Within six months of Sesame Street’s premiere, Jim was in the studio recording the first of what would be dozens of record albums featuring songs from the show. Tip-toeing into the realm of consumer products, the show’s producers decided that books and records seemed like a safe choice and easy to defend as educational tools. Joe Raposo and Jeff Moss had already written an array of memorable songs that everyone was eager to share off screen. Along with the theme song, young listeners could sing along to what would become some of the show’s best known tunes like “Somebody Come and Play,” “I Love Trash,” “Bein’ Green,” and “The People In Your Neighborhood.” Less familiar songs like “Everybody Wash” and “Rub your Tummy” filled out the album, and the final track “Rubber Duckie” was also released as a single, hitting the Billboard charts and getting a Grammy award nomination. Everyone involved in the album received a Gold Record from Recording Industry Association of America to commemorate more than a million dollars in sales. Columbia Records did a second release later that year which included an accompanying book within a fold-out album cover.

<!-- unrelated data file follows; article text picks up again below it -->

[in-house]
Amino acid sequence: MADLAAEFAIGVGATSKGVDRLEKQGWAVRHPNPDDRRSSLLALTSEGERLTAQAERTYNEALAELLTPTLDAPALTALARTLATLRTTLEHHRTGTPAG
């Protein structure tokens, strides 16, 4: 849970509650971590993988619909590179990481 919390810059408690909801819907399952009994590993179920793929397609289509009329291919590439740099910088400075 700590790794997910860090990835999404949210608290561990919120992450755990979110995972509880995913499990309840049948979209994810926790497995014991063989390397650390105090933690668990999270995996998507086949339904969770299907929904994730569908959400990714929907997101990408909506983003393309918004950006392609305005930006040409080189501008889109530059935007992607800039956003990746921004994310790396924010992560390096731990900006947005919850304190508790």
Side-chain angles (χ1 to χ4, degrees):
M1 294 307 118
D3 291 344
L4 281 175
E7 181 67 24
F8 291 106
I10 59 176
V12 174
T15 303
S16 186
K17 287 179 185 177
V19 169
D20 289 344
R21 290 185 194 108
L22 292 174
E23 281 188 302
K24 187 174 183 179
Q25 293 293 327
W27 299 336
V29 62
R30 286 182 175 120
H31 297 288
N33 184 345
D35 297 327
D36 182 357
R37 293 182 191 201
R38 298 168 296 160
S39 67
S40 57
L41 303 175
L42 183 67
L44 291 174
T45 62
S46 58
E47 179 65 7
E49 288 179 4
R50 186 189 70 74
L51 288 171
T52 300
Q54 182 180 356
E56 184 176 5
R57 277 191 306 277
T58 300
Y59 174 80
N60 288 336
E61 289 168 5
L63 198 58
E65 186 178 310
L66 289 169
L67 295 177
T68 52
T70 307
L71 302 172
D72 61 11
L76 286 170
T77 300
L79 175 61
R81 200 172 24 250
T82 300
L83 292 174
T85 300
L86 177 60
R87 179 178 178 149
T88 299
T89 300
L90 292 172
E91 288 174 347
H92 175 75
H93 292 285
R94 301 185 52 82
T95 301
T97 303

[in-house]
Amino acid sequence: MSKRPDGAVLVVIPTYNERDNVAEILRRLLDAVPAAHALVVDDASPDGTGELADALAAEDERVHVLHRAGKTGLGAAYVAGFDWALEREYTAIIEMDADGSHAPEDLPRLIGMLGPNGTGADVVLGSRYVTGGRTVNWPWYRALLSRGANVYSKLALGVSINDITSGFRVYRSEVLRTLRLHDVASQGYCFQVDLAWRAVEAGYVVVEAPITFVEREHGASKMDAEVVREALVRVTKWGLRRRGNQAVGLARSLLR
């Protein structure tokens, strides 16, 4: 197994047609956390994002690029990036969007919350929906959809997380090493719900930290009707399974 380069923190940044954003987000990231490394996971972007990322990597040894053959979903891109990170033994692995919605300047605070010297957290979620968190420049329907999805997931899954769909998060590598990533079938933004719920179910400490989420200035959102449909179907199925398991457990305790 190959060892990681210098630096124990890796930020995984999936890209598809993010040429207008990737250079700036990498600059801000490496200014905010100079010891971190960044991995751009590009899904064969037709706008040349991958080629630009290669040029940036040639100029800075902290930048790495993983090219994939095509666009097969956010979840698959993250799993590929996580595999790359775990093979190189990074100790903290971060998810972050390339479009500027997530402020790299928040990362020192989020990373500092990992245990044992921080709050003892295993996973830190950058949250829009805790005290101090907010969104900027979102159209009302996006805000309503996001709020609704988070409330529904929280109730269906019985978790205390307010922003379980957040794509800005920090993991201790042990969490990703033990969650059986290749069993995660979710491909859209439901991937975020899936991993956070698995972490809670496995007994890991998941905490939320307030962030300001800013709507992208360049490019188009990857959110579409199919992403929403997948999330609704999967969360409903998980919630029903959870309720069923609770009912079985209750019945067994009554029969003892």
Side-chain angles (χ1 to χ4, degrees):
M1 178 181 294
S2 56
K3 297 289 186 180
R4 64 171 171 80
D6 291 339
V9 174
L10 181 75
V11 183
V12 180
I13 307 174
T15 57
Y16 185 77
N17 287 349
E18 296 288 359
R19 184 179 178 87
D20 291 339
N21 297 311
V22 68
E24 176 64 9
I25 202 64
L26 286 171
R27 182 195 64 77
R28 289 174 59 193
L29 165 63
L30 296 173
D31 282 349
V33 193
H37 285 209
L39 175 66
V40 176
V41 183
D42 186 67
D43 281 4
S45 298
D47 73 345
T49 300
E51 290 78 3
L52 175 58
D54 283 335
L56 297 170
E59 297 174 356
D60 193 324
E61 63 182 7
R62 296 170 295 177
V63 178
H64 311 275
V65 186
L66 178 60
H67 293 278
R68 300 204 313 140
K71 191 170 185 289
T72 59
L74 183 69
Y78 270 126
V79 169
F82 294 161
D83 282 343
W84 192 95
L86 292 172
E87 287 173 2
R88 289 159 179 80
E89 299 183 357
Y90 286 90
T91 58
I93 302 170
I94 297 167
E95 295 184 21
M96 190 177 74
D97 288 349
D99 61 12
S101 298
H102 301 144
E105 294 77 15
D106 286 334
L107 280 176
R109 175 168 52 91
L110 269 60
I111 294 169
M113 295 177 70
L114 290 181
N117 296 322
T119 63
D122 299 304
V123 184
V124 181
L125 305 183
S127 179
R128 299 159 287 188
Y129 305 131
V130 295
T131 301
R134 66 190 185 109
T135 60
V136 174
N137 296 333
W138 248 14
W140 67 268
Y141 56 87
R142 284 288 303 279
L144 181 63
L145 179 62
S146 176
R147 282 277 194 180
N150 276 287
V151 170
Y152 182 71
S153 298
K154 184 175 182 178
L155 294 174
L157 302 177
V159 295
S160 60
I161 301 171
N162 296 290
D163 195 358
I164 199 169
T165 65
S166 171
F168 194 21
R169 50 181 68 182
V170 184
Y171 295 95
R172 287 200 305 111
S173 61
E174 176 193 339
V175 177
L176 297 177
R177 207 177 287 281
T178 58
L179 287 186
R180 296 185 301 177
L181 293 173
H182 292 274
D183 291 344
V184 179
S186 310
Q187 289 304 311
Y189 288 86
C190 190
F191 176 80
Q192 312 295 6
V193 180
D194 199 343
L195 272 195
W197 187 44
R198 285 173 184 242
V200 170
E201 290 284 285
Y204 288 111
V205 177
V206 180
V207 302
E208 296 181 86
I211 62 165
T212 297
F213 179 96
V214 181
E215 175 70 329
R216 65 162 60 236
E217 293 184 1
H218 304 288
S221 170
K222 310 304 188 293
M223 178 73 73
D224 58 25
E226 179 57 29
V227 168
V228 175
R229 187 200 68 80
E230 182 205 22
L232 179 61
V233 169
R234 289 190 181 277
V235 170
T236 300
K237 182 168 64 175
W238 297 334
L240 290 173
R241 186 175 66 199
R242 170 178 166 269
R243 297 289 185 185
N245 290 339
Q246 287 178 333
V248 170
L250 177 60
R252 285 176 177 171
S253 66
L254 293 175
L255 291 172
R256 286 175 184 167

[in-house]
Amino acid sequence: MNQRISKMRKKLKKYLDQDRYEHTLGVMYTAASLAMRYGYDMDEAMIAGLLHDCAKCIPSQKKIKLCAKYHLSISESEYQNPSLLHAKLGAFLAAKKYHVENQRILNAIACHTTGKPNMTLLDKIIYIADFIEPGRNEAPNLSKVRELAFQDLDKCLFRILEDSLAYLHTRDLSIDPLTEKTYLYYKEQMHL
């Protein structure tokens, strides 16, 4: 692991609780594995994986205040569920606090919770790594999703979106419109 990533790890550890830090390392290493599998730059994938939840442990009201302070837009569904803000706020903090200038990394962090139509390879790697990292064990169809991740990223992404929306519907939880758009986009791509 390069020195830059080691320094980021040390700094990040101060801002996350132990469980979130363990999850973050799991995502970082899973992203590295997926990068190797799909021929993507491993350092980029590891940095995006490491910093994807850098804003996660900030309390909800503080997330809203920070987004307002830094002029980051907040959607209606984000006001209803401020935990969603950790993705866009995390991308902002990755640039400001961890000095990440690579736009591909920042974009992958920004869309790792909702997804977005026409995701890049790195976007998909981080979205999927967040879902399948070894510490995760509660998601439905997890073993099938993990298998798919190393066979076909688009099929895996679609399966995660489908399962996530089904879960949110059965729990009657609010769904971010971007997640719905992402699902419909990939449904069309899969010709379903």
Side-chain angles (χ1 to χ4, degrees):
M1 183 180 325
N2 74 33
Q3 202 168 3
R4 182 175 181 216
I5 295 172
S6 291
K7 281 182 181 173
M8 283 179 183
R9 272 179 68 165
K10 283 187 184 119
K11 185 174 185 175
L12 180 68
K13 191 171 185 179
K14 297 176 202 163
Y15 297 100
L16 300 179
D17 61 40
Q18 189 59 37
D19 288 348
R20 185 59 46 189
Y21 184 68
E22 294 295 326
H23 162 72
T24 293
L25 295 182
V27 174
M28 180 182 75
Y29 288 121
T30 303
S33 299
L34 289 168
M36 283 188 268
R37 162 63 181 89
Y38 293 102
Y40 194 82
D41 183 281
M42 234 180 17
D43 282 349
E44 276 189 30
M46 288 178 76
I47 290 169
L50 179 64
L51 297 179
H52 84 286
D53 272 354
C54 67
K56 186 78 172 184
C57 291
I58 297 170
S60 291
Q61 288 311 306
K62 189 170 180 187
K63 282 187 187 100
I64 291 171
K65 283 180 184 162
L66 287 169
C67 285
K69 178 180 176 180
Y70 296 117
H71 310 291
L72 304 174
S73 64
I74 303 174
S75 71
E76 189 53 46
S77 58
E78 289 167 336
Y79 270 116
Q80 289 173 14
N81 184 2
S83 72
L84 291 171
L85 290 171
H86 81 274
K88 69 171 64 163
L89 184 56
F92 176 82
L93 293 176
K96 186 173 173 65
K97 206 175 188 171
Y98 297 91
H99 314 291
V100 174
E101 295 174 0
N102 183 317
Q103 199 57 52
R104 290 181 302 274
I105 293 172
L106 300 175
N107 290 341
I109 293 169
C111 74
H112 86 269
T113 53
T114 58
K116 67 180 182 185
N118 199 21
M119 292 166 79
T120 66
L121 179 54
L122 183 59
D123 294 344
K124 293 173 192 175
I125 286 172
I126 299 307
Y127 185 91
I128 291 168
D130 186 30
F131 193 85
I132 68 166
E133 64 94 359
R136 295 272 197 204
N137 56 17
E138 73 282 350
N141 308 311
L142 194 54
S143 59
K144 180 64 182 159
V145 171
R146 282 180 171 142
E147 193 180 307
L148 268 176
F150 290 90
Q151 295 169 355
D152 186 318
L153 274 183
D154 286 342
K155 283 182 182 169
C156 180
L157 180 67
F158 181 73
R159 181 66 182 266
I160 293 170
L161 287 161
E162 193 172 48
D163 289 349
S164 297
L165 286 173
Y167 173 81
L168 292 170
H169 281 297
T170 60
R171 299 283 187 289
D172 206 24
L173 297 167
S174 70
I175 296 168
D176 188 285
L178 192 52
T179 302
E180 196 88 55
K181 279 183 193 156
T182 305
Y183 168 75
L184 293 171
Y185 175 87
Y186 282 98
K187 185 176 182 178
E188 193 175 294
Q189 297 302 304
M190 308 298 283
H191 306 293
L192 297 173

In June 1965, 28-year-old Jim Henson started a written log of his activities in what became known as “The Red Book.” He noted down what had happened up until that point (deemed “Ancient History”) and then recorded anything that he felt was worth recording as single line journal entries until the end of 1988.
Selected curated entries courtesy of The Jim Henson Company Archives.